Editorial: In the Dark About Guns
How do criminals get their guns? Are there observable patterns to gun crime? Who is at the greatest risk of injury, or causing injury to others, from firearm use? Which gun-safety practices are most effective at preventing accidental injury?
The answers to these and other basic questions remain difficult and obscure in part thanks to a senseless ban, on the books for a decade, that limits research on gun violence and denies researchers and even police and prosecutors access to federal gun data. The laws prohibit the public disclosure of a gun’s sales history, make that data inadmissible in court, require the Justice Department to destroy background-check records within 24 hours and prohibit the Bureau of Alcohol, Tobacco, Firearms and Explosives from requiring gun dealers to check their inventories annually for theft.
A recent report from the Institute of Medicine, an independent, nonprofit research organization, details just how thoroughly Americans are in the dark. The report, commissioned by President Barack Obama after the massacre of 26 students and educators in Newtown, Conn., underscores how little even serious scholars know about gun violence and shows how such ignorance jeopardizes public safety and health.
A better understanding of the “characteristics of firearm violence,” the “risk and preventative factors” for gun-related injuries, and the “impact of gun-safety technology,” the report says, would undoubtedly help save lives. By making reliable gun data scarce, the research ban has hamstrung police, prosecutors and public health officials in their response to an onslaught of 30,000 gun deaths a year.
Congressional opposition to gun data, which advances the anti-research agenda of the National Rifle Association, isn’t merely a policy position. The lack of information has successfully restricted public debate itself. Healthy democracies do not resolve conflicts by stifling inconvenient evidence. Imagine banning doctors from studying cancer cells or requiring radiologists to destroy X-ray records within 24 hours.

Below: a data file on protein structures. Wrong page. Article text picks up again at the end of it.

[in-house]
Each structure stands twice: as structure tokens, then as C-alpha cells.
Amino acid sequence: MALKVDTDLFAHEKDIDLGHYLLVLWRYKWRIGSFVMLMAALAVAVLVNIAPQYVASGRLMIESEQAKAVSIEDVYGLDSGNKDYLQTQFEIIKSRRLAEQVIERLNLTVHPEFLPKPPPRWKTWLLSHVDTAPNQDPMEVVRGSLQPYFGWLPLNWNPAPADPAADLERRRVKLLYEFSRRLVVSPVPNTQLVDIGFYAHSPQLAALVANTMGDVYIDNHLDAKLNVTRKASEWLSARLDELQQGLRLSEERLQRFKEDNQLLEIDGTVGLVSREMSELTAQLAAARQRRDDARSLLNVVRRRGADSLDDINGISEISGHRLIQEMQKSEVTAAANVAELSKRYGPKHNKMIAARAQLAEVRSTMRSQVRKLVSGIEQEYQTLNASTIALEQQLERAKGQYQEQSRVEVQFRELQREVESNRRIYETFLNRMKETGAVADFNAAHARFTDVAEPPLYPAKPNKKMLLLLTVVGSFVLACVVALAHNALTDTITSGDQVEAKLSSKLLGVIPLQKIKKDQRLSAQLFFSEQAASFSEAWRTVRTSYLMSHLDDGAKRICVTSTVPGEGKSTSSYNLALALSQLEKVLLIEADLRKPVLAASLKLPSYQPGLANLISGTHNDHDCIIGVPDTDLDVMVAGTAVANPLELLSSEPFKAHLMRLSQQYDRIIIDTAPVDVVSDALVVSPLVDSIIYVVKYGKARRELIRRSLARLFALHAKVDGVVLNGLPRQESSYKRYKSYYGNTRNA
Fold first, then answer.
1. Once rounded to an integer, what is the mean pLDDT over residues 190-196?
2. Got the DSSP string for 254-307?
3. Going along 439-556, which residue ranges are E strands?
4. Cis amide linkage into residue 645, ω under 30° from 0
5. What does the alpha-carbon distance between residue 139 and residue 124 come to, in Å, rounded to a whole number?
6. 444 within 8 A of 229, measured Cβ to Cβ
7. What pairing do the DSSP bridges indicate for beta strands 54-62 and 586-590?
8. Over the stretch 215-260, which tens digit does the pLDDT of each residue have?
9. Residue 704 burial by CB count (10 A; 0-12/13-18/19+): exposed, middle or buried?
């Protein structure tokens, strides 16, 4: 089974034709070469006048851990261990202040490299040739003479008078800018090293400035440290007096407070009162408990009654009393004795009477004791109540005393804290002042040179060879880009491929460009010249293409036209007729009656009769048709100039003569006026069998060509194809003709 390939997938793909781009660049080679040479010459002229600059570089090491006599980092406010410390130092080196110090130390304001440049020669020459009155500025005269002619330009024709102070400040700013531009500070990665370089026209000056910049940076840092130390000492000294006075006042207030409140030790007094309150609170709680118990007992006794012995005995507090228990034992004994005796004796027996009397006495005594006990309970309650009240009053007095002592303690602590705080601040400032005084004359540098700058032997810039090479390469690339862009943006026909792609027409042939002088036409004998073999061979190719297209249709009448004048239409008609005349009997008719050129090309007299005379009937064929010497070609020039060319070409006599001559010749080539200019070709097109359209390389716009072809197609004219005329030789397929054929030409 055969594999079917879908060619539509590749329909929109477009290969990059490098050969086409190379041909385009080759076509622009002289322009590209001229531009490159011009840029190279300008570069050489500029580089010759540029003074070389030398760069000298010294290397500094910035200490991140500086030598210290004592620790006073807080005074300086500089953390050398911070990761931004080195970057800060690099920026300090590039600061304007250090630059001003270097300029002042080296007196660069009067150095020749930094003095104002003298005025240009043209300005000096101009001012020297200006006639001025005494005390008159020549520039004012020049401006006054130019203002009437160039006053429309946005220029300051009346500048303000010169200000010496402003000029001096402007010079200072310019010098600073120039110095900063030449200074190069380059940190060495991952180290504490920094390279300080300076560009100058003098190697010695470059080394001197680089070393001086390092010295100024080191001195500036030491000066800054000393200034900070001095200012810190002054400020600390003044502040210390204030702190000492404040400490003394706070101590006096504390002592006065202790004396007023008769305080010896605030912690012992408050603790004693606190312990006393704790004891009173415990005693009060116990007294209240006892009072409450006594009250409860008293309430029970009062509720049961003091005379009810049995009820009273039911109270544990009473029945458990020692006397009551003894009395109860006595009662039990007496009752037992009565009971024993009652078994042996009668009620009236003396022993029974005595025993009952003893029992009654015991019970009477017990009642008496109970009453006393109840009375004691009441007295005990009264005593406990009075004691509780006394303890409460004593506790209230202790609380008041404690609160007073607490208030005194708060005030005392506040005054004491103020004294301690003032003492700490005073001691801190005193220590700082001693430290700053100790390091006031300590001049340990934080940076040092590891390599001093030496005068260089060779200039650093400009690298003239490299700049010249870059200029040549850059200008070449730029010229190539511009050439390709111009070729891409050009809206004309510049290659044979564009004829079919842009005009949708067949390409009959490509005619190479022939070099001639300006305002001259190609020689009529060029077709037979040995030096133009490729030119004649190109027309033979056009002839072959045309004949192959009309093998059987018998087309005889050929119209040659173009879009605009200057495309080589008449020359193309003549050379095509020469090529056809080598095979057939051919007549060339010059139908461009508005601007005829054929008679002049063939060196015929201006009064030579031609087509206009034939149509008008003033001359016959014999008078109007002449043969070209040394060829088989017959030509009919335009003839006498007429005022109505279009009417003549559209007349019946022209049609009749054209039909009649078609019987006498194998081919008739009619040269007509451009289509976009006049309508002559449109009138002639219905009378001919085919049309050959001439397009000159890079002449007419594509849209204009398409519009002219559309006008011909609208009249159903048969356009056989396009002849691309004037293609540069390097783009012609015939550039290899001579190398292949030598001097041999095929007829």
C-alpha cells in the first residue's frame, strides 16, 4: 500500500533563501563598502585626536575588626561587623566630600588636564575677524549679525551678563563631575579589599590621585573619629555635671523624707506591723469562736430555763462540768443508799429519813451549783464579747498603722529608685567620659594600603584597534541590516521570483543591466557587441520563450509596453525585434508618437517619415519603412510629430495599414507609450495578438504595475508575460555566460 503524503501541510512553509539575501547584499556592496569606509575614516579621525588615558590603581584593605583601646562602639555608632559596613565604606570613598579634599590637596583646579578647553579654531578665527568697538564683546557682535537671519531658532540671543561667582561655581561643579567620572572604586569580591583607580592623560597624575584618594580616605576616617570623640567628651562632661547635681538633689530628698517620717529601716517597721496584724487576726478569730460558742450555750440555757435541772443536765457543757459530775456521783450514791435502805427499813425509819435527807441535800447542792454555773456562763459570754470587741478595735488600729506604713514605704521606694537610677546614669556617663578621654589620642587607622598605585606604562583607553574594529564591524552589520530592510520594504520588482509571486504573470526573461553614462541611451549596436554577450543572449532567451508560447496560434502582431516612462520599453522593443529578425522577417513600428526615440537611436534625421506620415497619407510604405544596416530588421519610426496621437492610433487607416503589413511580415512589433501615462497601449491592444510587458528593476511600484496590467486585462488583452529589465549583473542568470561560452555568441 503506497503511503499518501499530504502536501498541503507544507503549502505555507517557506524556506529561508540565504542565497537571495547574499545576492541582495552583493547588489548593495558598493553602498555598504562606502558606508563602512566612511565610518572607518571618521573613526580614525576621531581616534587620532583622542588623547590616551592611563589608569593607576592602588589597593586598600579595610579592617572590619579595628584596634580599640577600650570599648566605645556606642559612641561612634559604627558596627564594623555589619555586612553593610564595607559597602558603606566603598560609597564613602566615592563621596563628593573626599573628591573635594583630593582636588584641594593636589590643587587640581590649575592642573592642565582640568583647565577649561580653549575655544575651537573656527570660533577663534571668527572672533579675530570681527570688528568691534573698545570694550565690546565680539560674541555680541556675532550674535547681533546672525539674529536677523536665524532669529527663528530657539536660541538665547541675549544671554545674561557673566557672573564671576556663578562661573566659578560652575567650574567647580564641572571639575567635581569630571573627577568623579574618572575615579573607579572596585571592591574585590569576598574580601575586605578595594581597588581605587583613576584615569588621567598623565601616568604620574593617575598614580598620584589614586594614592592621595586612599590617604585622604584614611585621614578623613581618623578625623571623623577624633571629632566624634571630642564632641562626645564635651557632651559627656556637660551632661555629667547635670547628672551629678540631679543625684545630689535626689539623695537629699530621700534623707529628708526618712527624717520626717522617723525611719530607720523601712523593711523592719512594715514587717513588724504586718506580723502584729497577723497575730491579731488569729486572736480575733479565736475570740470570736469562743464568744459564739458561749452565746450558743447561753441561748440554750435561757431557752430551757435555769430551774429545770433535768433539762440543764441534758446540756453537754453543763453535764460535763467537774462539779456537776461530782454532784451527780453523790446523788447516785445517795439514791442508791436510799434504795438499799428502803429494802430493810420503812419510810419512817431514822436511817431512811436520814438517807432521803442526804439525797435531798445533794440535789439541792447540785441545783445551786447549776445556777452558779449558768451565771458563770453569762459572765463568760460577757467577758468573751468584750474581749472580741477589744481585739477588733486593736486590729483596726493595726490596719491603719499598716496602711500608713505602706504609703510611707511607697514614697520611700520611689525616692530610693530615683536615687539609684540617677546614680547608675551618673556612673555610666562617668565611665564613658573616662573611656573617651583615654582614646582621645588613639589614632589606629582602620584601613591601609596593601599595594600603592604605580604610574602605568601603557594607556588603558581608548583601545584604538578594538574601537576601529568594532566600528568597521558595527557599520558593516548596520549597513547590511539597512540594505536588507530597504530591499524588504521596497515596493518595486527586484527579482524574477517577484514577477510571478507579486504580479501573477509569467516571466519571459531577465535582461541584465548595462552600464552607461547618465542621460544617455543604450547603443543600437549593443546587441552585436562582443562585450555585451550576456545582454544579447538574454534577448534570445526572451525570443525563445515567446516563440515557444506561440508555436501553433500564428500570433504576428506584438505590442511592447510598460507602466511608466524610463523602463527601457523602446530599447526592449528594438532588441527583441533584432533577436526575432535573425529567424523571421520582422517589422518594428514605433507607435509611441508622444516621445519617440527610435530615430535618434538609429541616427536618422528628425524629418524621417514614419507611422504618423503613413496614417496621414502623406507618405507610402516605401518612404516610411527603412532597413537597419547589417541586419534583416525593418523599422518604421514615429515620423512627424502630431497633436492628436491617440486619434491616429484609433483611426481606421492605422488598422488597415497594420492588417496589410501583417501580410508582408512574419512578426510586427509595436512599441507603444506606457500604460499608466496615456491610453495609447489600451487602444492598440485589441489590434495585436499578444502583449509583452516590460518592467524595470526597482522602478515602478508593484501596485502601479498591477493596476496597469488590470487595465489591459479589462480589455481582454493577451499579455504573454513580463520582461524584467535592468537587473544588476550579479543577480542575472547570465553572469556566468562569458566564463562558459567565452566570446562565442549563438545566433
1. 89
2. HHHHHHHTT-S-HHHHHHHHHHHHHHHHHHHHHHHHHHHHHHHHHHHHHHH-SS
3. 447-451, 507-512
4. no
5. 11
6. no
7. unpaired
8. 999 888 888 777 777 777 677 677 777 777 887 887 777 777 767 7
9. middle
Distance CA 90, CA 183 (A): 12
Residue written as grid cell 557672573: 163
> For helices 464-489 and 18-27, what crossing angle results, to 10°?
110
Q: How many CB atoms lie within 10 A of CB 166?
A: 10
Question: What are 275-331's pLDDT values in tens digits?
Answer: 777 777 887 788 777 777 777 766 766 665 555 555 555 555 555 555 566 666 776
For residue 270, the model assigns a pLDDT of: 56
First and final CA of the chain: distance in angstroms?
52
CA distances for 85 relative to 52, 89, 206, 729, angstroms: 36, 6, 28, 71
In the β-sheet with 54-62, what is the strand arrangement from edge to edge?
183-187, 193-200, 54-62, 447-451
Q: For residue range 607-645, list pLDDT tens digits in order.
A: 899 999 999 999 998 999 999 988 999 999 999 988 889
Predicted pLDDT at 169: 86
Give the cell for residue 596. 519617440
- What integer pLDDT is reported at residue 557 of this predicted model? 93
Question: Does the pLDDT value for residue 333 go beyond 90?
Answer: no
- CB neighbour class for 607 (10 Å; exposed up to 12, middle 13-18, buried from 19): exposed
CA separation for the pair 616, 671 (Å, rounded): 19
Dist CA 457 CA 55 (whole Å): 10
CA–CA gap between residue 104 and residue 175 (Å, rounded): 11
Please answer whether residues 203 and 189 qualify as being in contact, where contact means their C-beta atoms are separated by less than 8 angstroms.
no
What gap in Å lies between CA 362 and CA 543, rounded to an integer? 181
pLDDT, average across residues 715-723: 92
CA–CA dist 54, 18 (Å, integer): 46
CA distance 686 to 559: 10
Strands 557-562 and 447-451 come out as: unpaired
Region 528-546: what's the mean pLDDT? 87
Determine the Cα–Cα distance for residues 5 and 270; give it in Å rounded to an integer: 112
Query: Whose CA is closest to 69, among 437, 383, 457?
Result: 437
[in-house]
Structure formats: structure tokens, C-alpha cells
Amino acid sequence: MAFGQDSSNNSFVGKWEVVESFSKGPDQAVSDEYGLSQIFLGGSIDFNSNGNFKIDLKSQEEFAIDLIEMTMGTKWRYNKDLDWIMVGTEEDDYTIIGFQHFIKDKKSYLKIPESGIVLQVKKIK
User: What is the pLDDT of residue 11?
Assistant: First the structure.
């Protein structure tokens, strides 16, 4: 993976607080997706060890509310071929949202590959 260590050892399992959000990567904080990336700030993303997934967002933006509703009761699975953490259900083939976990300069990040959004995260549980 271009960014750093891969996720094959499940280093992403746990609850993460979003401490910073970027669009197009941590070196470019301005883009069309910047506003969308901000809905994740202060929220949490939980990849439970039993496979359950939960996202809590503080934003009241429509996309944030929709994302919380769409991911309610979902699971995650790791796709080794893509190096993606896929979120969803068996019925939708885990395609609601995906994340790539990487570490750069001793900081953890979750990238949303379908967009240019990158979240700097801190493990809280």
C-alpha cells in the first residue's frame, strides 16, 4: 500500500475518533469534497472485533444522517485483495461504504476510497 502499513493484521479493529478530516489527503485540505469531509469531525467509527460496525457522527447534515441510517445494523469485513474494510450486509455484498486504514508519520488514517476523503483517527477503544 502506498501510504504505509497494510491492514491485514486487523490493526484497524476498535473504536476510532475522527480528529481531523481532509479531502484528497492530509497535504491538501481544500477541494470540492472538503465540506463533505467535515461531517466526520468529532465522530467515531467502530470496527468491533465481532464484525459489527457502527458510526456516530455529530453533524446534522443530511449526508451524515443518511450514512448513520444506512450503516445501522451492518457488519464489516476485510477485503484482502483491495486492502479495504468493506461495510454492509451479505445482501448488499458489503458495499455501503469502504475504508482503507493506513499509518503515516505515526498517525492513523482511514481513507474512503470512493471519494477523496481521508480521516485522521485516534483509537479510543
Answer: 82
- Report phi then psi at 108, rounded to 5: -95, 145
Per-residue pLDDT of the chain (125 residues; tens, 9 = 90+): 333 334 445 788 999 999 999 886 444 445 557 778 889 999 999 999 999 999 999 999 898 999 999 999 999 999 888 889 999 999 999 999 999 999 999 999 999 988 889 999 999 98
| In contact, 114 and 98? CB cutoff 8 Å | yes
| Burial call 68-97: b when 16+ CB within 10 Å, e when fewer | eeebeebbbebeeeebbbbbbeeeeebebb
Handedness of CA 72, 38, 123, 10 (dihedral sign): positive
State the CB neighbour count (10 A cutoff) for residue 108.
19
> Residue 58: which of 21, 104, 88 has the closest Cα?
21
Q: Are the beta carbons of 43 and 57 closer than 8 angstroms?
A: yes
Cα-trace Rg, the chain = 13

These laws, known as the Tiahrt amendments after their co-author, former Republican Rep. Todd Tiahrt of Kansas, should be repealed in full. Given the influence of the NRA in this Congress, however, repeal will probably have to wait for the arrival of less easily cowed legislators. In the meantime, Congress should confront the gun lobby on the issue that most directly hurts public safety: the inadmissibility of gun-tracing data in court. Police can’t stop criminals if prosecutors can’t bring them to justice.
Incremental repeal has also worked in the past. The NRA acquiesced to sharing gun-tracing data between police and criminal prosecutors in 2008 and to police use outside of criminal investigations in 2010. Prosecutors’ inability to use the evidence, though, neuters these expansions.
Obama’s efforts to aid research via executive action are having some effect. One of his orders instructs the Centers for Disease Control and Prevention that a ban on spending “to advocate or promote gun control” is not a ban on research funding, as the CDC had long interpreted it. That opens the door to research — but academics still lack money and data.
Vice President Joe Biden, who is working with Majority Leader Harry Reid and Democratic Sen. Joe Manchin of West Virginia, says he hopes the Senate will revisit the issue of background-check legislation. Background checks can make gun purchases more difficult for criminals and the mentally ill, but there is also a desperate need for research to better understand gun violence and responses to it. Repeal of the Tiahrt amendments should be at the top of a sensible to-do list.